Other affiliations: University of California, Berkeley
Bio: Elizabeth Kier is an academic researcher from University of Washington. The author has contributed to research in topic(s): Revolution in Military Affairs & Military doctrine. The author has an hindex of 8, co-authored 14 publication(s) receiving 858 citation(s). Previous affiliations of Elizabeth Kier include University of California, Berkeley.
01 Jan 1997
TL;DR: In this paper, the authors employ a cultural approach to take issue with the conventional wisdom that military organizations inherently prefer offensive doctrines and argue instead that a military's culture affects its choices between offensive and defensive military doctrines.
Abstract: This text employs a cultural approach to take issue with the conventional wisdom that military organizations inherently prefer offensive doctrines It argues instead that a military's culture affects its choices between offensive and defensive military doctrines Drawing on organizational theory, it demonstrates that military organizations differ in their worldview and the proper conduct of their mission It is this organizational culture that shapes how the military responds to such constraints as terms of conscription set by civilian policy-makers In detailed case studies, the author examines doctrinal developments in France and Britain during the interwar period She tests her argument against two of the most powerful alternative explanations and illustrates that neither the functional needs of military organizations nor the structural demands of the international system can explain doctrinal choice She also reveals as a myth the argument that the lessons of World War One explain the defensive doctrines on World War Two
21 Jan 1995-International Security
TL;DR: In this paper, the authors argue that the international system is indeterminate of choices between offensive and defensive military doctrines; civilians intervene infrequently in doctrinal develop--al.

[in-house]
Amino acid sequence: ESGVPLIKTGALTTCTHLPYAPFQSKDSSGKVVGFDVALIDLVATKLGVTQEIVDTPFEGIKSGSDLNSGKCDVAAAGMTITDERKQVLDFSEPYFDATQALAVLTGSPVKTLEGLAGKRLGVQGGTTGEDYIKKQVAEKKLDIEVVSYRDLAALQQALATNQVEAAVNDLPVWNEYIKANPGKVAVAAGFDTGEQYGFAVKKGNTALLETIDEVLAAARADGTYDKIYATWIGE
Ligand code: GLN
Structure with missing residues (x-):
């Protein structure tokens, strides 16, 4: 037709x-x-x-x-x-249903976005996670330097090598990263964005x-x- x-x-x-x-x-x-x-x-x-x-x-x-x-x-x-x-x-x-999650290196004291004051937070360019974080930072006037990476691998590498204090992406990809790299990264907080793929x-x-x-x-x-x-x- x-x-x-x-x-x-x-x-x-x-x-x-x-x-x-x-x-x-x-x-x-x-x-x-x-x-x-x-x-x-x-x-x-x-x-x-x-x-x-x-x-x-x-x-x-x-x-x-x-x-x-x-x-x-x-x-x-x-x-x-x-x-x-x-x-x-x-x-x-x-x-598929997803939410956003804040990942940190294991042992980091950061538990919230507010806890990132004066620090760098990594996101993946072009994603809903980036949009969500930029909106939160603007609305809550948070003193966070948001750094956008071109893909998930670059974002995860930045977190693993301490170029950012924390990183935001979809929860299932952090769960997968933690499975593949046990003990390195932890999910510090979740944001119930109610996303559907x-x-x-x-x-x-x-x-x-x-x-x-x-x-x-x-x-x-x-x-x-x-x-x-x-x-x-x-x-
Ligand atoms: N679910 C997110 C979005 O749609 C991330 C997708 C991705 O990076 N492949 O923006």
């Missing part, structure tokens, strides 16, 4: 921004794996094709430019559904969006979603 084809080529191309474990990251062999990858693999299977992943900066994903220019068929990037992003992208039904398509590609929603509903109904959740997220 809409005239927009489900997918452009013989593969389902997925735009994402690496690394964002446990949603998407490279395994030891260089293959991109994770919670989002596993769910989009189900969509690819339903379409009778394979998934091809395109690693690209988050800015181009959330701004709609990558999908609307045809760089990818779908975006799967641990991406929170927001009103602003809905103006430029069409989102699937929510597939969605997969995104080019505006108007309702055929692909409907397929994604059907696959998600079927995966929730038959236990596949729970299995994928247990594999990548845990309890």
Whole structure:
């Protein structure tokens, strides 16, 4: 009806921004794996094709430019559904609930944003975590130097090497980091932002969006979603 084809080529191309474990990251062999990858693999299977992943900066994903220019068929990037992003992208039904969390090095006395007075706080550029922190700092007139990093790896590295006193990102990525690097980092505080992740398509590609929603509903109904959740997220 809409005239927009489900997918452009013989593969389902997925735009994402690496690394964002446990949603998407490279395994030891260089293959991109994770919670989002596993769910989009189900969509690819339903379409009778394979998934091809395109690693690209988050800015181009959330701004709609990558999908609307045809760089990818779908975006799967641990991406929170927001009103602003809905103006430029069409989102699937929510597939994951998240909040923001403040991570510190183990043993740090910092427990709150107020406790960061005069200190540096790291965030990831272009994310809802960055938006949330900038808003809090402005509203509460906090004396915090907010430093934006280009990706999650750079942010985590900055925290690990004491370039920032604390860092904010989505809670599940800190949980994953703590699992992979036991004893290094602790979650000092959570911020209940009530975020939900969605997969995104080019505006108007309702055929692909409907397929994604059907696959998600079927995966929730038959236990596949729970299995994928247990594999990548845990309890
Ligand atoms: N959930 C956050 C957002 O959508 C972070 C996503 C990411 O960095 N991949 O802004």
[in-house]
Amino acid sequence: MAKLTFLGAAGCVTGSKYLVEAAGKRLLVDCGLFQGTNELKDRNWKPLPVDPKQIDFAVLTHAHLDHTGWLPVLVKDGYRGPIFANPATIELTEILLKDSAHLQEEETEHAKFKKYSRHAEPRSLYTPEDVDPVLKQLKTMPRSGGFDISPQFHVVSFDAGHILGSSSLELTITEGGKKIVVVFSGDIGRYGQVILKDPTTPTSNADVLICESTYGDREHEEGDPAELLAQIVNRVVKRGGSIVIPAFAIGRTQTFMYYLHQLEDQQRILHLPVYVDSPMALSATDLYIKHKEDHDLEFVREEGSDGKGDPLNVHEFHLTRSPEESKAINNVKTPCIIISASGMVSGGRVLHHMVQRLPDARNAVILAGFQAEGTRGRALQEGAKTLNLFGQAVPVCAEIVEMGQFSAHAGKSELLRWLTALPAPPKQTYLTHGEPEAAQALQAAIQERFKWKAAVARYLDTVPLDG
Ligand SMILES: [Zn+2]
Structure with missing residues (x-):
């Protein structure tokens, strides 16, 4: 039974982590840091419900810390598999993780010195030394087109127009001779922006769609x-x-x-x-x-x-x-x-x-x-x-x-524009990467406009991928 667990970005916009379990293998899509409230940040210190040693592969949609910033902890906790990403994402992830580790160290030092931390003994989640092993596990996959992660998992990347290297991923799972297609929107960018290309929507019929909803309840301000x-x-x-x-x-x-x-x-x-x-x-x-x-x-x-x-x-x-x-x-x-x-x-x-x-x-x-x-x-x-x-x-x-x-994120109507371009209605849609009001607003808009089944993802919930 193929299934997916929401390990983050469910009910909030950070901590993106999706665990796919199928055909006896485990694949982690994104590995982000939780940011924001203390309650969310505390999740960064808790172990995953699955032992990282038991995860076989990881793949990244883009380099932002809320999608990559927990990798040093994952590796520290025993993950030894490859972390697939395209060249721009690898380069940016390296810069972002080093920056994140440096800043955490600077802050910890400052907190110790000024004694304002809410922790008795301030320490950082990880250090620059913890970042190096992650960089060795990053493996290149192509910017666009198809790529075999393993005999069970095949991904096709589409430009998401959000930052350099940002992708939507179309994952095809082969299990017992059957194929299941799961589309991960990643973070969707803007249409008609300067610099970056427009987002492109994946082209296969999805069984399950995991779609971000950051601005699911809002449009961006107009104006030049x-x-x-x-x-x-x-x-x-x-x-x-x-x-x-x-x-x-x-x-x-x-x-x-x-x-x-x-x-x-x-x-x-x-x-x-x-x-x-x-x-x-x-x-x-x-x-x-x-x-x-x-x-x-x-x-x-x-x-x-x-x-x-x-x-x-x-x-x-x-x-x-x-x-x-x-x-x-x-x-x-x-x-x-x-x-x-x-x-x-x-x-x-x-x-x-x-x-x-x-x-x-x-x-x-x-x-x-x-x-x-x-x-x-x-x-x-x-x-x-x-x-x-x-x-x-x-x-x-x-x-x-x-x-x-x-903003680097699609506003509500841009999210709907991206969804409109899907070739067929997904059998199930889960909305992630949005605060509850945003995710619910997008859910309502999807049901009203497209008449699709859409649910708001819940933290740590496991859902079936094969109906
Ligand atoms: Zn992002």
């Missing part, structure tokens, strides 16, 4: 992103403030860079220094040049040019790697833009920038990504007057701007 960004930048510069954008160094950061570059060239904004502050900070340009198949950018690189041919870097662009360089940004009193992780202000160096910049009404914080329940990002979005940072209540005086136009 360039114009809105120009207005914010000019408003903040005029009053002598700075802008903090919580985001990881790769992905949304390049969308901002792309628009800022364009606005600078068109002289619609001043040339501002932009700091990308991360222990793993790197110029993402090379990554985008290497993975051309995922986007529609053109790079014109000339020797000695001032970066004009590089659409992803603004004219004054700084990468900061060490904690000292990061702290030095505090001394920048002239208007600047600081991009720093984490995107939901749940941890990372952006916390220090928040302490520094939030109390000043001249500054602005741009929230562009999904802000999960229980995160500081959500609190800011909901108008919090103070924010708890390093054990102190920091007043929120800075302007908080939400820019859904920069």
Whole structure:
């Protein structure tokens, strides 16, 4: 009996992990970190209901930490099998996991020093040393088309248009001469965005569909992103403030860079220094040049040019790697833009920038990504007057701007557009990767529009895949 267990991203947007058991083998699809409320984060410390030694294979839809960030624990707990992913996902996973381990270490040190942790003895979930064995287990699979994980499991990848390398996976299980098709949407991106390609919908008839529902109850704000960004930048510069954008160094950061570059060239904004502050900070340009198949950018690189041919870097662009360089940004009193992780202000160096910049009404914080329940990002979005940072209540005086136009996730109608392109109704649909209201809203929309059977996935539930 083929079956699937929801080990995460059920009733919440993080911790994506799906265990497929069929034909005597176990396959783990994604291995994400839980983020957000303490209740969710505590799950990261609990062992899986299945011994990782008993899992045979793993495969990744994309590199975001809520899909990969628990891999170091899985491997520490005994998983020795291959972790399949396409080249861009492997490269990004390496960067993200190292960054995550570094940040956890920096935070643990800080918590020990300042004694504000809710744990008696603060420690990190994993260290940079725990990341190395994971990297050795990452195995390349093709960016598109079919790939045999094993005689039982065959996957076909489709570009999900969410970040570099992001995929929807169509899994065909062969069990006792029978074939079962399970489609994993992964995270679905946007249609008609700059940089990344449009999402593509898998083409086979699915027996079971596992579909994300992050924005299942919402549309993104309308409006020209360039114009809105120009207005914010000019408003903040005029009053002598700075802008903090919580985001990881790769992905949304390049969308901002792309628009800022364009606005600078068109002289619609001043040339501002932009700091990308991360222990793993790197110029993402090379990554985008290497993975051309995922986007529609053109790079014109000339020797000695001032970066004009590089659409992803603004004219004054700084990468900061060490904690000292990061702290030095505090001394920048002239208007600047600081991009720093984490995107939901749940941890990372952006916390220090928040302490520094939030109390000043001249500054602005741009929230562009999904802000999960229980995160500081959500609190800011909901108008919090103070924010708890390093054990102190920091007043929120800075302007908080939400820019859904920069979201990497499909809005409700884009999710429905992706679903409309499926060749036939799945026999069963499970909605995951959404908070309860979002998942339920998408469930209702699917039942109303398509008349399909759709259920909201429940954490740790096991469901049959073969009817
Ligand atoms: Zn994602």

Abstract: ~ Offensive military doctrines threaten international stability.’ World War I vividly illustrates how a crisis can spark a major war that might have been avoided if the major players had had defensive rather than offensive doctrines. Similarly, throughout the Cold War, the Soviet Army’s offensive doctrine in Europe fueled the arms race and heightened threat perception. The choice between offensive and defensive military doctrines is at least as important now as during the Cold War. Although restructuring military doctrines along defensive orientations will not erase ethnic hostilities or suspend territorial appetites, it could remove one of the structural impediments to cooperation in the post-Cold War world. Yet an adequate explanation for why states choose offensive or defensive military doctrines remains elusive. Many scholars credit civilian policymakers with formulating doctrine wellsuited to the state’s strategic environment, and blame the armed services’ parochial interests for the sometimes disastrous choice of offensive doctrines.2 However, using illustrations from doctrinal developments in the French army during the 1920s and 1930s, this article challenges this portrait of the role of civilians and military in choices between offensive and defensive military doctrines. Even during times of increased international threat, I argue, the international system is indeterminate of choices between offensive and defensive military doctrines; civilians intervene infrequently in doctrinal develop-